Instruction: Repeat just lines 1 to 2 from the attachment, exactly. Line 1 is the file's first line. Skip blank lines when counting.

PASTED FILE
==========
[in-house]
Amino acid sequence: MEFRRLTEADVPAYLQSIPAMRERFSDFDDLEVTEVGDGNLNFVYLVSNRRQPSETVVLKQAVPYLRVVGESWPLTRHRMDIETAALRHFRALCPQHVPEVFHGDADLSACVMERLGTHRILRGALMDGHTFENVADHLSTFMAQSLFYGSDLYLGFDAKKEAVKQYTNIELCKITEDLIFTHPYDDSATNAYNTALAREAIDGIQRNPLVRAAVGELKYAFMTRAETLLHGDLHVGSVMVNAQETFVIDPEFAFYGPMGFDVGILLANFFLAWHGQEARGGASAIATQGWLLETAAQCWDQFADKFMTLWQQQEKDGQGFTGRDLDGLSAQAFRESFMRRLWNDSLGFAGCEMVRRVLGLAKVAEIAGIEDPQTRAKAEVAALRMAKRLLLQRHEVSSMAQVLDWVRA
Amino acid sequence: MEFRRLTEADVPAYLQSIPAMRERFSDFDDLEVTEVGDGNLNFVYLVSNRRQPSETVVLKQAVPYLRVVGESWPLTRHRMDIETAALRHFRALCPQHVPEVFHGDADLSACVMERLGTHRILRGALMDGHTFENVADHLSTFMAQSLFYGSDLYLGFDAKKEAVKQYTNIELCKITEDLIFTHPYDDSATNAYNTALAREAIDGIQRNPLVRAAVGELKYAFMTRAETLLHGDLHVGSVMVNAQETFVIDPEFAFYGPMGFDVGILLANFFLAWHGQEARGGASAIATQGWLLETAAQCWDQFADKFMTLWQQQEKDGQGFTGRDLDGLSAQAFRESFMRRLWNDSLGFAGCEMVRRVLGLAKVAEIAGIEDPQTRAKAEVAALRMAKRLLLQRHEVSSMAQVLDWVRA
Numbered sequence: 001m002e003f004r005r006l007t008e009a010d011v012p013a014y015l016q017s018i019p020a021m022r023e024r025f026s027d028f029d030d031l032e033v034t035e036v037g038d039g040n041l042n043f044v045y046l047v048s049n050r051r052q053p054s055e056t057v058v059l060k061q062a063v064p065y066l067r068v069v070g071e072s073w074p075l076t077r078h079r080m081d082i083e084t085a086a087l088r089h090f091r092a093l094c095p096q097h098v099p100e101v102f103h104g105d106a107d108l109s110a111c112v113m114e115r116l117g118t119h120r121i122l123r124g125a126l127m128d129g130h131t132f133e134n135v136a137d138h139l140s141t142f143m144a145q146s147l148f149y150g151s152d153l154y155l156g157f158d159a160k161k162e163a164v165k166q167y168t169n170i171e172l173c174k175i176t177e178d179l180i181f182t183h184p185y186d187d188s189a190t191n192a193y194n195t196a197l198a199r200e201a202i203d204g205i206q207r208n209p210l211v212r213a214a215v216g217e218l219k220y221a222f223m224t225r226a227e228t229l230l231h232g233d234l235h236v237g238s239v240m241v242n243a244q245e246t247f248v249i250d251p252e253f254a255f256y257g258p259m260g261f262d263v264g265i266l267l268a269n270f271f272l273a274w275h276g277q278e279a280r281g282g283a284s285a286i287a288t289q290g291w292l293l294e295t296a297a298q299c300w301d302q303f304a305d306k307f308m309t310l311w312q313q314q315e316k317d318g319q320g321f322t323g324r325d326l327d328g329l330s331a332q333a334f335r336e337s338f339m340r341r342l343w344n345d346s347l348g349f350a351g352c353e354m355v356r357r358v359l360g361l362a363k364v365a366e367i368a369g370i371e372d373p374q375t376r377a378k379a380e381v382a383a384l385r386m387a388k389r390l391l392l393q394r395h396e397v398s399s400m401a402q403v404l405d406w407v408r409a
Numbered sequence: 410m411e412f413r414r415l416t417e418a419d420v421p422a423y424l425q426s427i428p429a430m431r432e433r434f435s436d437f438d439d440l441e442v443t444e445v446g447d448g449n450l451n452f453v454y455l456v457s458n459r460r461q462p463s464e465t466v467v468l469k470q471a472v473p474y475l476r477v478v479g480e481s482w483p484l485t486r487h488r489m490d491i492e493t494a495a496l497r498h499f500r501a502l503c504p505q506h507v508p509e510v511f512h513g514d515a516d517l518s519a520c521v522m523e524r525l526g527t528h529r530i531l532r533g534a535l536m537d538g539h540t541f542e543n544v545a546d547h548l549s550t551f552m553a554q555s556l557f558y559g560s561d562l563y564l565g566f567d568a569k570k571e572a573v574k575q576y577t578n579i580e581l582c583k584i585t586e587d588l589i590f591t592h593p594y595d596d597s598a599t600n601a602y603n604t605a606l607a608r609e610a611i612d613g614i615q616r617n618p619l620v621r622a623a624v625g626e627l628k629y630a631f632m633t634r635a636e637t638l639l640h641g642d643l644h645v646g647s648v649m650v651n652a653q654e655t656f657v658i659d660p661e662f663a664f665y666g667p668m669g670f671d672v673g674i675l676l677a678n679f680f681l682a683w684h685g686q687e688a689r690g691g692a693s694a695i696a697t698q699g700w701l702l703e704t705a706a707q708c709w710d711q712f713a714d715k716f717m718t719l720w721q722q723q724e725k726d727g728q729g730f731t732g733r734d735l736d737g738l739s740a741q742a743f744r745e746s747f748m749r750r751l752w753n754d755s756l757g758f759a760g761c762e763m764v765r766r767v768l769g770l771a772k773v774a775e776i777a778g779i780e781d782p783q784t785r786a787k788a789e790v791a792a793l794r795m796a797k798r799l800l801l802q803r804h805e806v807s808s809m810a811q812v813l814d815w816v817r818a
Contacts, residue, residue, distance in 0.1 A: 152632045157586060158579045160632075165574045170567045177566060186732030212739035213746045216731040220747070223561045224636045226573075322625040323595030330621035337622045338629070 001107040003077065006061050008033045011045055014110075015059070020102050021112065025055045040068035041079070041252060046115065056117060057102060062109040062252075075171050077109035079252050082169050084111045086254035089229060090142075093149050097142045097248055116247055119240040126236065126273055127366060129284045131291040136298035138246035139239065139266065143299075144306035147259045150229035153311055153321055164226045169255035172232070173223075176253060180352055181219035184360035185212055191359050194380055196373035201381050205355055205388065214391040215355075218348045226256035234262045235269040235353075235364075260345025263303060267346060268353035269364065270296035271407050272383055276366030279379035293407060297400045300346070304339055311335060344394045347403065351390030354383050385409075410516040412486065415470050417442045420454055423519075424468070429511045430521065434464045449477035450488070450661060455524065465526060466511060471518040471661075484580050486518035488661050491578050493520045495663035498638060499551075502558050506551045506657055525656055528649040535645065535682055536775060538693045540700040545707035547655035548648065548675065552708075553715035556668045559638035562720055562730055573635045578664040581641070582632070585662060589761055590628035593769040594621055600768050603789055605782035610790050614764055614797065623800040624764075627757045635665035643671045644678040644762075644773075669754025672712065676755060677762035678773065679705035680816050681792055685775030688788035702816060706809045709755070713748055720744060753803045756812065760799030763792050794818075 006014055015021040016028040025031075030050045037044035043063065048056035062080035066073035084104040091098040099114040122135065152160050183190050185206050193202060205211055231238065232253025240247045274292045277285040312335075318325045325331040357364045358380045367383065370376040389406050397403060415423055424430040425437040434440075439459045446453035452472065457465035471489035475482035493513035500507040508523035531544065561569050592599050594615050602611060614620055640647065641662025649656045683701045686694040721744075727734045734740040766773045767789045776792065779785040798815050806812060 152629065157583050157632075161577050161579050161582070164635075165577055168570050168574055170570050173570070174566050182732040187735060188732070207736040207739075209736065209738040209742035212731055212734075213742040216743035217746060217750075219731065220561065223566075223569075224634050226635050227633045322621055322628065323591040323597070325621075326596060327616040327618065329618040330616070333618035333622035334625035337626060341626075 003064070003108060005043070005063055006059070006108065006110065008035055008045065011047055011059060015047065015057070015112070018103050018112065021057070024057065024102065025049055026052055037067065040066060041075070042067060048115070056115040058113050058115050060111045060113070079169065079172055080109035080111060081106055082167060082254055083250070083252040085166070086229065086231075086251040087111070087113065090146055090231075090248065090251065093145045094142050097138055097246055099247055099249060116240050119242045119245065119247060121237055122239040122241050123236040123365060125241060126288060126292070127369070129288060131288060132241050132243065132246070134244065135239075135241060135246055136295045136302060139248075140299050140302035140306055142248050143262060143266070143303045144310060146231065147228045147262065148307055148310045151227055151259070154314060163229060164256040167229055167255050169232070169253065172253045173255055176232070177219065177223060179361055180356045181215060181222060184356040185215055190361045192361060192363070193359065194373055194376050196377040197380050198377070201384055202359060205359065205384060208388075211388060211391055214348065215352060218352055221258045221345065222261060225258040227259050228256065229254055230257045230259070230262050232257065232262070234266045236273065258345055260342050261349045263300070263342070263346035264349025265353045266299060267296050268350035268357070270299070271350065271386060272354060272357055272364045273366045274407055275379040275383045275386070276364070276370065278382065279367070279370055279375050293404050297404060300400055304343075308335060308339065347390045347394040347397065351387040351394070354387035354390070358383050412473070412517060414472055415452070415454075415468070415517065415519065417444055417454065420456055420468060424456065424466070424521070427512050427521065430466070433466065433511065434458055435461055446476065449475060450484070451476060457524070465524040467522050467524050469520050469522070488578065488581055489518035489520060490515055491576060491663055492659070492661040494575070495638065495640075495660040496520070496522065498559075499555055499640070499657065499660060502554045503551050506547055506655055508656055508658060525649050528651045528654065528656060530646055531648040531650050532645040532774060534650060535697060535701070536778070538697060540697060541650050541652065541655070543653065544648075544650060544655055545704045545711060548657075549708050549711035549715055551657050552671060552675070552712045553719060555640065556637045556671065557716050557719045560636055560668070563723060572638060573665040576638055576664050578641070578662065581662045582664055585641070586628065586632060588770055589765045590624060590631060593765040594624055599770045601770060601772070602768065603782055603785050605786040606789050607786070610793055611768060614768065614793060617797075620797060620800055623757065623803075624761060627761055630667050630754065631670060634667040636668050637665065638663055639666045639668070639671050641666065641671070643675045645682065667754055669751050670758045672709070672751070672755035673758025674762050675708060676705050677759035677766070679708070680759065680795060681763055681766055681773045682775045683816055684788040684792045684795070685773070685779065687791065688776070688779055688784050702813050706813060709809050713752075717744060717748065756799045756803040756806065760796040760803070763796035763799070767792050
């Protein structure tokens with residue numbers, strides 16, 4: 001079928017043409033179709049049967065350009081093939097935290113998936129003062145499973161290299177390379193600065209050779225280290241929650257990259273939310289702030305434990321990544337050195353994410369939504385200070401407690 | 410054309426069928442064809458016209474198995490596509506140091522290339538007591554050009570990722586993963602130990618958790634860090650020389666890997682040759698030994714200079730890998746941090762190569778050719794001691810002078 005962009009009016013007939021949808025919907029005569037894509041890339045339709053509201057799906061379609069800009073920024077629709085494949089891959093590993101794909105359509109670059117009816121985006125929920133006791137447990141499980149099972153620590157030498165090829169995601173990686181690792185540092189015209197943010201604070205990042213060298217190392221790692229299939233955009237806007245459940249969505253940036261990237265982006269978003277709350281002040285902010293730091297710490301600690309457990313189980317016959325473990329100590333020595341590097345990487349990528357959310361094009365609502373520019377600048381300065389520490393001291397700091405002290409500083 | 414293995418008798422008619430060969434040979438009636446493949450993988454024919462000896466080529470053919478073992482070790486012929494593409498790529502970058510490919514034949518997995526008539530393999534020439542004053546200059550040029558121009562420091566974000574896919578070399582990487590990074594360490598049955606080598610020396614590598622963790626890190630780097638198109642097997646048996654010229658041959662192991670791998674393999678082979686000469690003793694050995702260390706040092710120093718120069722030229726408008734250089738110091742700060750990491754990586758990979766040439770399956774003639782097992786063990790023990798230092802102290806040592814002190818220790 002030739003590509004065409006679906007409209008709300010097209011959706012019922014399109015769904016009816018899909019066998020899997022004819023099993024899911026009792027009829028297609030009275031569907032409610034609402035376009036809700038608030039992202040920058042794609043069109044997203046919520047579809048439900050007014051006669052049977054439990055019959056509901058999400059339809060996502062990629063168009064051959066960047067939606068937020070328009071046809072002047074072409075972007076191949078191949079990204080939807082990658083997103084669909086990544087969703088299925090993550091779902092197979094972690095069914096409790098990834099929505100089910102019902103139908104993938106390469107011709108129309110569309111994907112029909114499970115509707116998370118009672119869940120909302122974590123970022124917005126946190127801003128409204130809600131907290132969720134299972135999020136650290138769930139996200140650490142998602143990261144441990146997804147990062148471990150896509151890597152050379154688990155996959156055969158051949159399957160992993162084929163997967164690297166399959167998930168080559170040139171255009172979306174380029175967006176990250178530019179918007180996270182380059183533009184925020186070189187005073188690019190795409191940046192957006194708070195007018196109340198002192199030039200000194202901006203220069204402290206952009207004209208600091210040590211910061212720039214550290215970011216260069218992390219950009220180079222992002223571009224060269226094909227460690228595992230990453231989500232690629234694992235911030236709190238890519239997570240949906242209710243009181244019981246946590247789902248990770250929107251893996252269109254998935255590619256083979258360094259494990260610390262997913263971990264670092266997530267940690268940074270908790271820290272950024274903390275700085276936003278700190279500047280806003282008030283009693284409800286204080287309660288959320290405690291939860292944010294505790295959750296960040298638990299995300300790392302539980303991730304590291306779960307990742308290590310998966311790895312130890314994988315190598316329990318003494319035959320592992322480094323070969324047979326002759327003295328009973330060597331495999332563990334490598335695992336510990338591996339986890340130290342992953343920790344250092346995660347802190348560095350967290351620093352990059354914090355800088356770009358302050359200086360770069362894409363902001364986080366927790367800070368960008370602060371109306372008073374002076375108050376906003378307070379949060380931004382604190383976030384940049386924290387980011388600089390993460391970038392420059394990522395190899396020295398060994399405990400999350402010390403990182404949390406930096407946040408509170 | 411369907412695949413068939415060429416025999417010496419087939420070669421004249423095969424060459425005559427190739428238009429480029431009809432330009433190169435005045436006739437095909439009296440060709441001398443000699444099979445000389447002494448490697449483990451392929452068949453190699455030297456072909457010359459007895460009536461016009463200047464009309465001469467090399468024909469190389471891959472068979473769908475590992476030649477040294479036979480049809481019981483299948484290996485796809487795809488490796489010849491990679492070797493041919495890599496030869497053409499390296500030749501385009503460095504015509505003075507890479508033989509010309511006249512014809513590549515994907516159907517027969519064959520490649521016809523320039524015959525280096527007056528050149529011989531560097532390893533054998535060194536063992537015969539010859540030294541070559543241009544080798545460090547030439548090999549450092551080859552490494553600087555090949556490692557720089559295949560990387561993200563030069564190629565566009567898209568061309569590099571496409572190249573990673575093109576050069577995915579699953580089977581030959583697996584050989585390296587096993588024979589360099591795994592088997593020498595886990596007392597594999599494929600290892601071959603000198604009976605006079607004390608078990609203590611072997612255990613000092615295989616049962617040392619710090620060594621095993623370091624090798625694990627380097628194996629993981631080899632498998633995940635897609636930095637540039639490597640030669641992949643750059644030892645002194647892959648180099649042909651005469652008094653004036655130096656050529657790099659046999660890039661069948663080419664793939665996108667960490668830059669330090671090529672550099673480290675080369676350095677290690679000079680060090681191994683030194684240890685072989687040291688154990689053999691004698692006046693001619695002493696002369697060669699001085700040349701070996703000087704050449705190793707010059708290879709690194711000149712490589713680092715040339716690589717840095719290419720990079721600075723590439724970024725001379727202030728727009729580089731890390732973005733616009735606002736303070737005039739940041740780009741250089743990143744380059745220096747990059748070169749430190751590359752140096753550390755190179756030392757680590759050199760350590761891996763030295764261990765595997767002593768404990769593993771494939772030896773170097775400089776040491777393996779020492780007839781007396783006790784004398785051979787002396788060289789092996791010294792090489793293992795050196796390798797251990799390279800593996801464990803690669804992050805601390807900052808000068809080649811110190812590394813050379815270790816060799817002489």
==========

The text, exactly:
[in-house]
Amino acid sequence: MEFRRLTEADVPAYLQSIPAMRERFSDFDDLEVTEVGDGNLNFVYLVSNRRQPSETVVLKQAVPYLRVVGESWPLTRHRMDIETAALRHFRALCPQHVPEVFHGDADLSACVMERLGTHRILRGALMDGHTFENVADHLSTFMAQSLFYGSDLYLGFDAKKEAVKQYTNIELCKITEDLIFTHPYDDSATNAYNTALAREAIDGIQRNPLVRAAVGELKYAFMTRAETLLHGDLHVGSVMVNAQETFVIDPEFAFYGPMGFDVGILLANFFLAWHGQEARGGASAIATQGWLLETAAQCWDQFADKFMTLWQQQEKDGQGFTGRDLDGLSAQAFRESFMRRLWNDSLGFAGCEMVRRVLGLAKVAEIAGIEDPQTRAKAEVAALRMAKRLLLQRHEVSSMAQVLDWVRA